Industry after industry has been disintermediated by the Internet and new technologies.
- The music industry
- The television industry
- The movie industry
- The retail industry
- The advertising industry
- The publishing industry
- The travel industry
- The telecommunications industry
Just to name a few.
In each case, there were incumbent players in large organized industries that were riding high but failed to reinvent their business models for the next era.
But even technology companies are not immune: It was thought that Microsoft would forever keep its lead, but even it has cooled over the past few years as it failed to transition its lead in the PC era to the mobile era.
It all comes back to the incumbent dilemma
It's difficult to pivot and reinvent when you are busy servicing a going concern. It's risky to think about leaving the old way of doing things for an untested new way. It's expensive and hard to invent the future. It's really hard when you are small and in a highly regulated industry that frowns upon risk. And it's exceptionally hard when you are in the technology business, but you are not in control of the technology that runs your business.
Mark Andreessen (co-founder and general partner of the venture capital firm Andreessen-Horowitz and co-founder of Netscape, one of the first browser companies) wrote a powerful summation in the Wall Street Journal entitled. Why Software is Eating the Word. Mark suggests:
"More and more major businesses and industries are being run on software and delivered as online services—from movies to agriculture to national defense. Many of the winners are Silicon Valley-style entrepreneurial technology companies that are invading and overturning established industry structures. Over the next 10 years, I expect many more industries to be disrupted by software, with new world-beating Silicon Valley companies doing the disruption in more cases than not."
The incumbent dilemma is now upon the financial services industry
The financial services industry is ripe for reinvention and these well-funded technology disrupters have now focussed their aim squarely at it. Early success stories like Paypal, Mint and Square are the tip of the iceberg. New start-ups including BankSimple and MovenBank are building interest and hype while they build towards imminent launch. Major players like Google and Apple want to replace that George Costanza bulging, overstuffed billfold with their next-generation phones.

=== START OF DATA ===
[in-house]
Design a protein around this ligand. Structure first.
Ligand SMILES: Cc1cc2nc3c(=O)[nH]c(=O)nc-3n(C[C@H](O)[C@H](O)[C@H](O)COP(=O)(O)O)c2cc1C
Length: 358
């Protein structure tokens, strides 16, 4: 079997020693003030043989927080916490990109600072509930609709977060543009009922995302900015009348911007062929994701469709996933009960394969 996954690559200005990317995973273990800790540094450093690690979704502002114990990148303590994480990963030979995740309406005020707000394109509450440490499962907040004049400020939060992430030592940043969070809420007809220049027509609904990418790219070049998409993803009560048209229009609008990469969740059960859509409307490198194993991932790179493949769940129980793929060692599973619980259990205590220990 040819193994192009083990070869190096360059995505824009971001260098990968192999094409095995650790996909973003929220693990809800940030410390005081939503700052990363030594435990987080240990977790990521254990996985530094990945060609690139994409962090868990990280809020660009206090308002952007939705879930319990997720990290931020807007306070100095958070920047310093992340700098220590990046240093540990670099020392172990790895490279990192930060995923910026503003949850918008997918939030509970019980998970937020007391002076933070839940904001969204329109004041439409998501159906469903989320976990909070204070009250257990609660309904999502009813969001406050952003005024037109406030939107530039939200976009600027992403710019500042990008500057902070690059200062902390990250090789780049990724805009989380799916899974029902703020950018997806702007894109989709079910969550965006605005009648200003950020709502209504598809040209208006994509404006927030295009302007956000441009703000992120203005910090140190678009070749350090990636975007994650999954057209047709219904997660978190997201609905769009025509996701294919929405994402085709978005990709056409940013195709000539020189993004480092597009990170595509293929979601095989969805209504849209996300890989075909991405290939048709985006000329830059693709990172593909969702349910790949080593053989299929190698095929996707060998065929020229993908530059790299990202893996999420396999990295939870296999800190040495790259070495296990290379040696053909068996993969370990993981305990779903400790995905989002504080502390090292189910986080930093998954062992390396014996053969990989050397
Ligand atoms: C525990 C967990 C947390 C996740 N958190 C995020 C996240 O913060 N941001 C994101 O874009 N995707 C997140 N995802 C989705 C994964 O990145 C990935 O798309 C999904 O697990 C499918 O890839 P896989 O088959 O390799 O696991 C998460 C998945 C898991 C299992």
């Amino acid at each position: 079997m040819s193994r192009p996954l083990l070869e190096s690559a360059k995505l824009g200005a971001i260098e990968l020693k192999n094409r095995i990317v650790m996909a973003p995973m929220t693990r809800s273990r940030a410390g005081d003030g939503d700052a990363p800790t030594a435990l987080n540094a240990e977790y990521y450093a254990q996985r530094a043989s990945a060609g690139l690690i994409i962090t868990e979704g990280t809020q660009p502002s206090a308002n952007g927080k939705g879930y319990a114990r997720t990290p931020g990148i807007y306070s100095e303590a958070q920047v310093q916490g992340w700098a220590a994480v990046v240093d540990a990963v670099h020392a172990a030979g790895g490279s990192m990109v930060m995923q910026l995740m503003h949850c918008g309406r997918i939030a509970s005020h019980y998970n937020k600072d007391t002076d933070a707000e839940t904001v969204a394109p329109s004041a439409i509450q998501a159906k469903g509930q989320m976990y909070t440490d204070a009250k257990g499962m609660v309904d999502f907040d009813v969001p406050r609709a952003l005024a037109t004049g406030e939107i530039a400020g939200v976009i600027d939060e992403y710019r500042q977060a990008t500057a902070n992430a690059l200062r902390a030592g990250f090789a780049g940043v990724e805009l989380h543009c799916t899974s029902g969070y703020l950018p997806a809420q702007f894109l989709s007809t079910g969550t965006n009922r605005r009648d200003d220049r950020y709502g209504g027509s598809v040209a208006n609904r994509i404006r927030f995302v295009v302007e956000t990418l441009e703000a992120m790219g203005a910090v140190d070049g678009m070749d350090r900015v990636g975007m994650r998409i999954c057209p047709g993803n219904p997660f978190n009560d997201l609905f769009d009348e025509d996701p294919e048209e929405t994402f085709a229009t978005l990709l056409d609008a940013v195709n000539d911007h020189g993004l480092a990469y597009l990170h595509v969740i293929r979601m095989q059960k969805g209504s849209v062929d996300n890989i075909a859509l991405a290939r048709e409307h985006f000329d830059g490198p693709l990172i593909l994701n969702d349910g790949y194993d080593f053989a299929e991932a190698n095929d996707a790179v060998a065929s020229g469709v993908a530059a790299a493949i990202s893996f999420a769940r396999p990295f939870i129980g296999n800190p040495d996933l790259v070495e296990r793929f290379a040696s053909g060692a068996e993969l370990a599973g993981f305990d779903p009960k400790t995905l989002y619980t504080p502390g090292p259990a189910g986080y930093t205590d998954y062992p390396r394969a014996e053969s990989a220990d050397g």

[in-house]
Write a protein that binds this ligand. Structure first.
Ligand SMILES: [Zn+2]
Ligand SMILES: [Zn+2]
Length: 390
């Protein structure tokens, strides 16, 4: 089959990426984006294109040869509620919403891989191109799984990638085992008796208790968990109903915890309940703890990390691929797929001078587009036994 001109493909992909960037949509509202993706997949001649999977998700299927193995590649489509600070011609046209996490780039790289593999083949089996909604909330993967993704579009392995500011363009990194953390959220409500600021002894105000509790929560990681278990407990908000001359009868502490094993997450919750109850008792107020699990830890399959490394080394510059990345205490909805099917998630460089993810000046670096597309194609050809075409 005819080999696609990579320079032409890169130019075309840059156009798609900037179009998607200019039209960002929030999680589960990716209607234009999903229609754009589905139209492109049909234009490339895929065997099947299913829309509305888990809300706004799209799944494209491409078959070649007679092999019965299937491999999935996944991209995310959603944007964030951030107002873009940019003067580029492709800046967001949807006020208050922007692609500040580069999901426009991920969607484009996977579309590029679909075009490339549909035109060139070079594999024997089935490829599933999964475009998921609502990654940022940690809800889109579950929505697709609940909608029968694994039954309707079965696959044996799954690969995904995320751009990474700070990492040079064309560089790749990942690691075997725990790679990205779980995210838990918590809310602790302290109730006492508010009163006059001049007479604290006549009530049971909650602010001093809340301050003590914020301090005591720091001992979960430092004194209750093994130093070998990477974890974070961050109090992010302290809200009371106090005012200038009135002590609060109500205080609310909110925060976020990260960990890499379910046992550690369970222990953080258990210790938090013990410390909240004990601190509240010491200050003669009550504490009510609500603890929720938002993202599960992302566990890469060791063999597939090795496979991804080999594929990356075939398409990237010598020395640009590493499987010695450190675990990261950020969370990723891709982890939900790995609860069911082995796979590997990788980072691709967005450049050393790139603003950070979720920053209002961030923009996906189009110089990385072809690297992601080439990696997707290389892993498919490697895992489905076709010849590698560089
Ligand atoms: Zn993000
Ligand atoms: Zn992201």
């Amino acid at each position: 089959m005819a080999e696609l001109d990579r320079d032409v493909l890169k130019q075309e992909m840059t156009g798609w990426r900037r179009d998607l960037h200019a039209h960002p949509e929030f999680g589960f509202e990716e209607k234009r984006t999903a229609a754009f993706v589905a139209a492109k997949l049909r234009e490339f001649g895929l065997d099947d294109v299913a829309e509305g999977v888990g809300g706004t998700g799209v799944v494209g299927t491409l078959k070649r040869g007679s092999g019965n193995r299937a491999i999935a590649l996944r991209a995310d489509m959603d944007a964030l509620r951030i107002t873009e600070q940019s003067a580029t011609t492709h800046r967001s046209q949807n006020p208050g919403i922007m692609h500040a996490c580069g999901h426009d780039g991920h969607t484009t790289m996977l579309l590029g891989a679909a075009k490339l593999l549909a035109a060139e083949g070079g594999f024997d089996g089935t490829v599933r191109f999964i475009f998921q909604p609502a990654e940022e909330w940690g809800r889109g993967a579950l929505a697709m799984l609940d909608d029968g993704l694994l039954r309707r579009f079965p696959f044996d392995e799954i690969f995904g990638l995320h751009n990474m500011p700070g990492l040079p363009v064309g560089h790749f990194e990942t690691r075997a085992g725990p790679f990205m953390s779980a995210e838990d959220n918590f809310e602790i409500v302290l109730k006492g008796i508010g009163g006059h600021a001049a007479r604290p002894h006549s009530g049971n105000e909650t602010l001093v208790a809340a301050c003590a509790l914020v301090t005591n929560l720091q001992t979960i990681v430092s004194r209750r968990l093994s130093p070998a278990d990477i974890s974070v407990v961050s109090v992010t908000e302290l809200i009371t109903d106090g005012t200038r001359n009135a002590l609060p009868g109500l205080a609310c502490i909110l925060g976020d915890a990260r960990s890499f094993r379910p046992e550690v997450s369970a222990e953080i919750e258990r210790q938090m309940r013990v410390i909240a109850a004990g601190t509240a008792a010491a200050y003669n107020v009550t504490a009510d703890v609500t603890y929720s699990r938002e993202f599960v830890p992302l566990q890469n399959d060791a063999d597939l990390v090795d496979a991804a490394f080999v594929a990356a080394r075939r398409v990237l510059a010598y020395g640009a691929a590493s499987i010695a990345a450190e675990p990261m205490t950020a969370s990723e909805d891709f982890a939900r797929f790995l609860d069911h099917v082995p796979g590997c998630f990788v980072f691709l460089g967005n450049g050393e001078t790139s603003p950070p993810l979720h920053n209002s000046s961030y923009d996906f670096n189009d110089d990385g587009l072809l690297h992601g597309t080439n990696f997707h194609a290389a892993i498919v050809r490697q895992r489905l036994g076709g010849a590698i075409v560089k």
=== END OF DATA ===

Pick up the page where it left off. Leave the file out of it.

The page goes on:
The good news for the incumbents is that the financial service industry is incredibly complex and highly regulated. Consumer-led revolts like Napster or BitTorrent can't easy happen in this space. Regulators like the NCUA and FDIC in the US and the the OSFI and CSA in Canada won't allow unregulated players to easily touch the money.
The bad news is that the up-chain players like Visa and MasterCard and the big banks like Bank of America, Chase, Wells Fargo, RBC and TD Canada Trust control the way money moves and have deep pockets and enormous market share to fend off or acquire the new technology disrupters.
So, what are the small incumbents to do?
It won't be easy. Credit unions can't just license a bunch of software and technology from big incumbent vendors who themselves are facing the same incumbent dilemma. And as much as it pains me, the marketer, to say it, credit unions can't market themselves out of this either.
The credit union incumbents need to work together to build technology solutions that rival the disrupters. Service with a smile won't cut it over the next decade as consumers demand the same simplicity and ease of use they have come to expect from other disrupted service industries. Technology wins every time.
The credit union industry is in a unique position to collaborate and build things. We see this with the thousands of credit-union-owned CUSOs that have come to life in the past decade.
We see this with the Filene Research Institute and the countless executives who have donated their time and energy to the i3 Program. We can see the fruits of their labor with programs like the Michigan Prize-Linked Savings Lottery and the countless credit unions participating in the Savings Revolution concept.
We see large-scale collaboration in Canada with the credit-union-owned Central 1 developing its own online banking system that almost half of the countries' credit unions now use.
Credit unions fighting credit unions for the crumbs from a small piece of pie should not be the goal. We can debate the merits of the seven cooperative principles until the cows come home, but principle number six, "cooperation among cooperatives," holds the biggest promise to allow the small incumbent credit unions to be part of the coming disruption and reinvent themselves in the public's eye.
Serious technology and software collaboration will allow credit unions to survive and thrive. The book stores didn't have this. Nor did the video stores.
Agree or disagree? Got a better idea? Please leave a comment.